A city author intimately acquainted with racially-motivated hate talked about tolerance Tuesday with Edmond North High School students.

Mike Korenblit is the co-author of “Until We Meet Again,” the true story of his Jewish parents, Manya and Meyer Korenblit, Holocaust survivors.

Korenblit speaks to students throughout the country about the lessons of the Holocaust and how they relate to contemporary issues such as bigotry, genocide and intolerance.

The “Respect Diversity” program was another step in the high school’s effort to encourage its students to embrace the virtues of respect and tolerance, said Principal Ed Story.

“It is important that our students understand the bigger societal picture,” Story said. “We get so caught up in our personal lives that sometimes we fail to understand the needs of others.”

Story said students must be reminded from time to time that tolerance and understanding of others lies at the core of America’s democratic values. Youth by its nature innately possess these values, he said.

It is the responsibility of adults to nurture and further this belief system, Story said.

During World War II, Korenblit’s parents lived in Nazi-occupied Poland. They were taken prisoner in 1942, separated and moved from camp to camp.

They had agreed to meet in their hometown if they became separated.

Korenblit said he experienced racially-motivated hate as he was growing up in Ponca City. When he was 11 years old his father took him to a park, had him take a drink and showed him the “Whites Only” sign above the water fountain.

Young Korenblit drank from another fountain nearby. Above it a sign said “Coloreds Only.”

His father said he doesn’t have a lot of relatives because of bigotry.

Also in Ponca City, Korenblit said he was accused of being a “Christ killer” because he and other Jews were somehow responsible for killing Christ.

Korenblit listed various religious faiths likely represented in the audience and said it is important for individuals to be respected.

Since the Holocaust, during which an estimated 6 million Jews and 8 million others were murdered by the Nazis, political leaders vowed “never again,” Korenblit said.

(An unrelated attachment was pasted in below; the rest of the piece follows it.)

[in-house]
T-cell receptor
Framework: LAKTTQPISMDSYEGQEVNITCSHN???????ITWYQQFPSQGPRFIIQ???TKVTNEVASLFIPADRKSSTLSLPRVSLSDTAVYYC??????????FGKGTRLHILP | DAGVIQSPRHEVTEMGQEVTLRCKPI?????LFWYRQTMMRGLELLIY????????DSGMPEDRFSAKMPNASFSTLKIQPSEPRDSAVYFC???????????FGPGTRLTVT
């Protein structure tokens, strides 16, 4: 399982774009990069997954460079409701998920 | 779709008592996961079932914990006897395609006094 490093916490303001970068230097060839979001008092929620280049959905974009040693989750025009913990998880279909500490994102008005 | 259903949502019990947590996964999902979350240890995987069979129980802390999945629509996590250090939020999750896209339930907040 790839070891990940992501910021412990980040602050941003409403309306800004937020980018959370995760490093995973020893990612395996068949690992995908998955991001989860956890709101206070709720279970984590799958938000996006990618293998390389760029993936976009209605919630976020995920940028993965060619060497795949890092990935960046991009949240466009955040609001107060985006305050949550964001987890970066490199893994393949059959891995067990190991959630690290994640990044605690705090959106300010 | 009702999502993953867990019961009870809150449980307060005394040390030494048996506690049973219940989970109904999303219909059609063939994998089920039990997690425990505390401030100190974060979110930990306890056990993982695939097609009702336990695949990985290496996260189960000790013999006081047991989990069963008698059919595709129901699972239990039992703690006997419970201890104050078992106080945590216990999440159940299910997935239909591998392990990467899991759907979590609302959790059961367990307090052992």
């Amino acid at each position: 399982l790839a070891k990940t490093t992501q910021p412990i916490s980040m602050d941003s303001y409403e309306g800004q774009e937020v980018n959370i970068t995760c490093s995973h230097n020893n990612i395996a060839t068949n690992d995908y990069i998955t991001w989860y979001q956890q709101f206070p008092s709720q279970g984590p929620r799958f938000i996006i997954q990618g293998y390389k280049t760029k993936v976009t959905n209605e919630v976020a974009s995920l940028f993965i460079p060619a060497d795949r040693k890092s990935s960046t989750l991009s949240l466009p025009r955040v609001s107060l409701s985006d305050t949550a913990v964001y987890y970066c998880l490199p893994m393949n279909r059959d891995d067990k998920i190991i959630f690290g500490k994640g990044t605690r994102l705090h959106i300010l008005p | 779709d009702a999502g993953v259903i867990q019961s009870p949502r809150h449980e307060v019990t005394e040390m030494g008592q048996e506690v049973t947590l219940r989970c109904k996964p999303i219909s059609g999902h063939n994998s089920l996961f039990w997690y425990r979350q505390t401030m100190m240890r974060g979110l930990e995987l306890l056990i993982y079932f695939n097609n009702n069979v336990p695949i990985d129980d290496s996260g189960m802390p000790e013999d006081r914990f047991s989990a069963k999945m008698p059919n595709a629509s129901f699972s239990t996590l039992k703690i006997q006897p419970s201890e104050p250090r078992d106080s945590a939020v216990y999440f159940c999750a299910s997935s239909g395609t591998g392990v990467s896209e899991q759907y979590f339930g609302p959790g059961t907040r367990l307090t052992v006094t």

Yet genocide remains a reality in places like Rwanda, Cambodia and currently Sudan.

Korenblit mentioned the Oklahoma City bombing.

“On April 19, 1995, 168 innocent men, women and children are murdered out of hatred and bigotry in our home city by Timothy McVeigh,” he said.

He also cited the 1999 Columbine High School tragedy. Later it was learned that before the shooting the killers had been bullied.

Before April 1995, there was one “hate” site on the Internet, Korenblit said.

Today, there are more than 2,000 such sites.

“That’s what exists. That’s why it’s important for you all to be in this room,” Korenblit said.

A more recent example, Korenblit gave, were the racially-motivated threats against students at North High School last fall.

“You all have a responsibility,” Korenblit said. “You have a responsibility to each other, to your families, to your community.”

Korenblit said individuals representing numerous faiths were in the auditorium. Each individual deserves respect for who they are and for what they are, he said.

“It’s time for each of us to start looking at who a person is inside, not what they are on the outside,” Korenblit said.

(Education reporter Mark Schlachtenhaufen may be reached via e-mail at ms@edmondsun.com)

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